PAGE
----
Pressure – Pressure sensor is a device that senses pressure and converts it into an electric signal. Here, the amount depends upon the level of pressure applied. These sensors make it possible to create IoT systems that monitor systems and devices that are pressure propelled such as pipelines. With any deviation from standard pressure range, the device notifies the system administrator about any problems that should be fixed.
Vibration – Vibration sensors can be used for predictive maintenance of rotating machines such as motors, pumps, compressors and fans.
Chemical – Chemical sensors are applied in a number of different industries. Their goal is to indicate changes in liquid or to find out air chemical changes. They play an important role in bigger cities, where it is necessary to track changes and protect the population. Main use cases of chemical sensors can be found in Industrial environmental monitoring and process control, intentionally or accidentally released harmful chemical detection, explosive and radioactive detection, recycling processes on Space Station, pharma industries and laboratory etc. Following are most common kind of chemical sensors in use:
- Chemical field-effect transistor
- Electrochemical gas sensor
- Fluorescent chloride sensors
- Hydrogen sulfide sensor
- Nondispersive infrared sensor
- pH glass electrode
- Potentiometric sensor
- Zinc oxide nanorod sensor
Gas Detection – Gas sensors are similar to the chemical ones, but are specifically used to monitor changes of the air quality and detect the presence of various gases. They are used for the detection of toxic or combustible gas and hazardous gas monitoring. Following are some common Gas sensors:
- Carbon dioxide sensor
- Carbon monoxide detector
- Catalytic bead sensor
- Hydrogen sensor
- Air pollution sensor
- Nitrogen oxide sensor
- Oxygen sensor
- Ozone monitor
- Electrochemical gas sensor
- Gas detector
Analog to Digital Adapters – Since most pipeline already exist, and they are old builds, they still use analog gauges. New IoT sensors are now bolted-on to these gauges to read values and convert them to digital signals for seamless integration of the old with the new technologies.
Impurity and Contaminate Detection – Sensors can be used to detect foreign objects and material build-ups within the pipeline. Wax build-up can affect flow rates and create undue pressure in the pipe. Detection can provide insight for cleaning the pipeline with a PIG and then measure the cleanliness after the cleaning.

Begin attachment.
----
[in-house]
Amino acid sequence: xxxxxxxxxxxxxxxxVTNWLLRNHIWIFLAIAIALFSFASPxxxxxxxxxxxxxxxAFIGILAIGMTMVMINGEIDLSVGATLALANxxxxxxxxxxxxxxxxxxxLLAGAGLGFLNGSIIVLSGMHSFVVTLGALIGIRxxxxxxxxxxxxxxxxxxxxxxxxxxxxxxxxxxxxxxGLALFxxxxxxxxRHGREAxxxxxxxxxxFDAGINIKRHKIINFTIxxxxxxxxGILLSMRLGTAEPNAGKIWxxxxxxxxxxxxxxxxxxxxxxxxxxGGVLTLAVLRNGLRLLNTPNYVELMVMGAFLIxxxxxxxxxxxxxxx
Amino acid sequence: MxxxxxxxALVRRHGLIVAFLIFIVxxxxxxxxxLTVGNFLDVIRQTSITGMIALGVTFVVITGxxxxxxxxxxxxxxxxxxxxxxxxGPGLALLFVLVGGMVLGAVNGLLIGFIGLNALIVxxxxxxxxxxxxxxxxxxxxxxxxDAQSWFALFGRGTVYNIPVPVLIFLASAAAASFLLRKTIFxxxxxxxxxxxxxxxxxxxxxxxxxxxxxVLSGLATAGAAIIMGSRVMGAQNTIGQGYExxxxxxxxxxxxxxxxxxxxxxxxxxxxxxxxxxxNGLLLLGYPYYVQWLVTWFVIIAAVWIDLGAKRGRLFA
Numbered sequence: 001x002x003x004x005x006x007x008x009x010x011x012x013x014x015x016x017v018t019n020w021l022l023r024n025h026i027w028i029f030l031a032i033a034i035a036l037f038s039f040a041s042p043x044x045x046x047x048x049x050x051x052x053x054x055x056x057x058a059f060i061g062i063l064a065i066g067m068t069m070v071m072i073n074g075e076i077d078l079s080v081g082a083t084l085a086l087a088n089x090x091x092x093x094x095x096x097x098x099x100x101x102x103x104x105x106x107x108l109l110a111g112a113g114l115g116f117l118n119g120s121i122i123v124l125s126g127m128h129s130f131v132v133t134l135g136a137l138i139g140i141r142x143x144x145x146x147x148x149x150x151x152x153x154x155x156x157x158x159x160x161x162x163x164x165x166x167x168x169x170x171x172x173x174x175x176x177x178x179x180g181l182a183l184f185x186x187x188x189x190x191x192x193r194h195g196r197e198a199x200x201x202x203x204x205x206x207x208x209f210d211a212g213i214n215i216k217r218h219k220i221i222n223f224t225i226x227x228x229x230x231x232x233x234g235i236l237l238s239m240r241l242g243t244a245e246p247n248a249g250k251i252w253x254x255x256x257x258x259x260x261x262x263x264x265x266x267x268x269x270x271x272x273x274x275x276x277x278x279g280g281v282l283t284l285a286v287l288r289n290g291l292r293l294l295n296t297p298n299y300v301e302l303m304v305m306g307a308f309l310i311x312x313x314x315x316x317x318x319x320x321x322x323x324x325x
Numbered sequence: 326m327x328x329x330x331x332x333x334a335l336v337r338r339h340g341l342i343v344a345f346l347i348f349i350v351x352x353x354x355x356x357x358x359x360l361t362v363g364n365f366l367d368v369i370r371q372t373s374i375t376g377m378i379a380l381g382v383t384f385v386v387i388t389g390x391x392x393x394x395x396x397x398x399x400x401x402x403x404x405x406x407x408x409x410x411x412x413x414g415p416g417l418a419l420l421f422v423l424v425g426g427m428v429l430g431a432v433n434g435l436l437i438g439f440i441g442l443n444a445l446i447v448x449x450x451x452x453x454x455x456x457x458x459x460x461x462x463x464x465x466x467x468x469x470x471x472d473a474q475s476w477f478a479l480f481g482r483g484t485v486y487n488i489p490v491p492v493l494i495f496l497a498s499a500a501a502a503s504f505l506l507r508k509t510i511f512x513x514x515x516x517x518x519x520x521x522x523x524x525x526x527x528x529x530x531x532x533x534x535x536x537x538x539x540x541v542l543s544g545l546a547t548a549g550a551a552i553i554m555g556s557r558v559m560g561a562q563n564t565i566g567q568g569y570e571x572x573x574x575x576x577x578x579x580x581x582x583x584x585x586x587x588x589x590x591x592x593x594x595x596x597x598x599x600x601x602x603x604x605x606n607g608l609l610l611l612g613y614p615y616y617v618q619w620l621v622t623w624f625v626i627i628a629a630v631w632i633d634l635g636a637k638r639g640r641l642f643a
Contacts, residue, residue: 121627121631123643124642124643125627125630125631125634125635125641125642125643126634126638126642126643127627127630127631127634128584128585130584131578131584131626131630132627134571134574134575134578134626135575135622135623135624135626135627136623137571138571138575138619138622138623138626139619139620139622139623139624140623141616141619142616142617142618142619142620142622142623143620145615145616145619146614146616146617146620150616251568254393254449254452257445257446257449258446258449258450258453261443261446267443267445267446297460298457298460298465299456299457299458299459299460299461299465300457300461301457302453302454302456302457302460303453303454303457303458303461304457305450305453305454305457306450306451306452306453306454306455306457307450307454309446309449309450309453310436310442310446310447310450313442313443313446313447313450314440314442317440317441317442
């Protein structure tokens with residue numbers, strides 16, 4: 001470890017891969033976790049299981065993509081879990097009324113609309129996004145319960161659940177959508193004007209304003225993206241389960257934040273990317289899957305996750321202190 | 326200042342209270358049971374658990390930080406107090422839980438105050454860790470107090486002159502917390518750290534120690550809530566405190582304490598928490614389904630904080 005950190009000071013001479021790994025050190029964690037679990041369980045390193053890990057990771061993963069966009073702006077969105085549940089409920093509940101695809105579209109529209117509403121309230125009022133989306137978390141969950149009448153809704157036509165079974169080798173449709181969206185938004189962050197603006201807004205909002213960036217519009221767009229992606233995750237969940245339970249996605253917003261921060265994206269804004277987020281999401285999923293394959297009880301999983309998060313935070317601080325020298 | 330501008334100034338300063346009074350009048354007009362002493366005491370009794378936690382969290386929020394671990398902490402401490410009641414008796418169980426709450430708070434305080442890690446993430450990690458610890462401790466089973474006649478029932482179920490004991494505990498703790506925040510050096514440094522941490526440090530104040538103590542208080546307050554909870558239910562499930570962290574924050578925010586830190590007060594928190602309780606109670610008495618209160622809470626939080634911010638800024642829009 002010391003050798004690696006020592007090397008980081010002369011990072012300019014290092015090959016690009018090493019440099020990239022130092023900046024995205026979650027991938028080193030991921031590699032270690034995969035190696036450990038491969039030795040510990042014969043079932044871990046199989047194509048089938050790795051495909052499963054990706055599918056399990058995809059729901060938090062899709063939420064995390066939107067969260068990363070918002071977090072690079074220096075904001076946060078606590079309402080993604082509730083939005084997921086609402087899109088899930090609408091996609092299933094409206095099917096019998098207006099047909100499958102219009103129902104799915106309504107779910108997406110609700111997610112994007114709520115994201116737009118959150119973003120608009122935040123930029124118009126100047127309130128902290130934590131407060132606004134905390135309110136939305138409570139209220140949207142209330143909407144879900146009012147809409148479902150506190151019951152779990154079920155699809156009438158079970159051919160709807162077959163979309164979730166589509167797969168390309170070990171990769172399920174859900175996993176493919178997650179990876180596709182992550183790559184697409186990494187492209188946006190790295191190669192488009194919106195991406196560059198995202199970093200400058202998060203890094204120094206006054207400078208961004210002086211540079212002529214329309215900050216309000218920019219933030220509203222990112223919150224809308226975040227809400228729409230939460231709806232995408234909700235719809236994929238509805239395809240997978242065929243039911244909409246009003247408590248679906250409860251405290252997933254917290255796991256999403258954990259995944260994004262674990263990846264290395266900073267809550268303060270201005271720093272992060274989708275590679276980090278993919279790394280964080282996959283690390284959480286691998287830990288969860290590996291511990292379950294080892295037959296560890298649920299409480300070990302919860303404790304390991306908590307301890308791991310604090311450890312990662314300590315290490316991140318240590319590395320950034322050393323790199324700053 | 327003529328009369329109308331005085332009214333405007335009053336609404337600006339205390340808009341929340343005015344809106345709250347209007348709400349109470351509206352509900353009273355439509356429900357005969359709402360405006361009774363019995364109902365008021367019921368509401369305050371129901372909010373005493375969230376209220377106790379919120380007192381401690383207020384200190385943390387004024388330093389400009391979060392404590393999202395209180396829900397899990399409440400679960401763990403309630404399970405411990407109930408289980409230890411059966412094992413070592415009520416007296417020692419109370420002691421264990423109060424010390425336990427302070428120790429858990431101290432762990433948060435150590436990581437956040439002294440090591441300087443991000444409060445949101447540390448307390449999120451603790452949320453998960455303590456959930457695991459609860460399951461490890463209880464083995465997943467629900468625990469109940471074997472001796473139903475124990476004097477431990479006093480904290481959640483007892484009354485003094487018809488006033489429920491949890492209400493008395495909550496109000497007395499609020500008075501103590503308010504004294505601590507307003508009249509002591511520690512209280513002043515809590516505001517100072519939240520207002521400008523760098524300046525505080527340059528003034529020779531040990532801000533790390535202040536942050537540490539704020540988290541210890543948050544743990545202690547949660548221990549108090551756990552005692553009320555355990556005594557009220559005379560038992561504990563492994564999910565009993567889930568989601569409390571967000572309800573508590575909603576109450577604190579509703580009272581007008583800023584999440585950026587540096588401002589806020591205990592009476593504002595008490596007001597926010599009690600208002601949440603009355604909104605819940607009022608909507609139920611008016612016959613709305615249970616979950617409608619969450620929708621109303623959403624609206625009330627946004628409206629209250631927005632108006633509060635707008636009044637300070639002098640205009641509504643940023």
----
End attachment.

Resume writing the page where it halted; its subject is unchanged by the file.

Valve Actuation – SCADA has been monitoring and controlling valves for decades, now IoT integration with digital values for precision accuracy can be performed.
Video as a Sensor – Image sensors are instruments which are used to convert optical images into electronic signals for displaying or storing files electronically. The major use of image sensor is found in digital camera & modules, medical imaging and night vision equipment,thermal imaging devices, radar, sonar, media house, Biometric & IRIS devices.
Infrared – An infrared sensor is a sensor which is used to sense certain characteristics of its surroundings by either emitting or detecting infrared radiation. It is also capable of measuring the heat being emitted by the objects.
Accelerometer – Accelerometer is a transducer that is used to measure the physical or measurable acceleration experienced by an object due to inertial forces and converts the mechanical motion into an electrical output. It is defined as rate of change of velocity with respect to time.
Gyroscope – A sensor or device which is used to measure the angular rate or angular velocity is known as Gyro sensors, Angular velocity is simply defined as a measurement of speed of rotation around an axis. It is a device used primarily for navigation and measurement of angular and rotational velocity in 3-axis directions. The most important application is monitoring the orientation of an object.
LiDAR – Drones flying over the pipeline, equipped with LiDAR (Light Detection And Ranging) inspection is a better, faster and more accurate technology to use for analyzing the shape and condition of a pipeline.
Compressor Health – new compressors are being manufactured with tightly coupled IoT sensor technology built into the device and provides significant situational awareness to the health status of the compressor.
Acoustic and Harmonics – Detecting sounds and the combination of sounds to derive harmonics is becoming popular in many industries including pipelines. Pipelines ‘sing’ and changes to this song can be indicative of problems and tell operators of issues such as cracks, breaches, and ruptures. The sounds from pipelines can even be subsonic or ultrasonic compared to human hearing but sensors can hear it and understand its consistency. When it varies, this change demands investigation to determine why it varied acoustically.
Proximity – A device that detects the presence or absence of a nearby object, or properties of that object, and converts it into signal which can be easily read by user or a simple electronic instrument without getting in contact with them.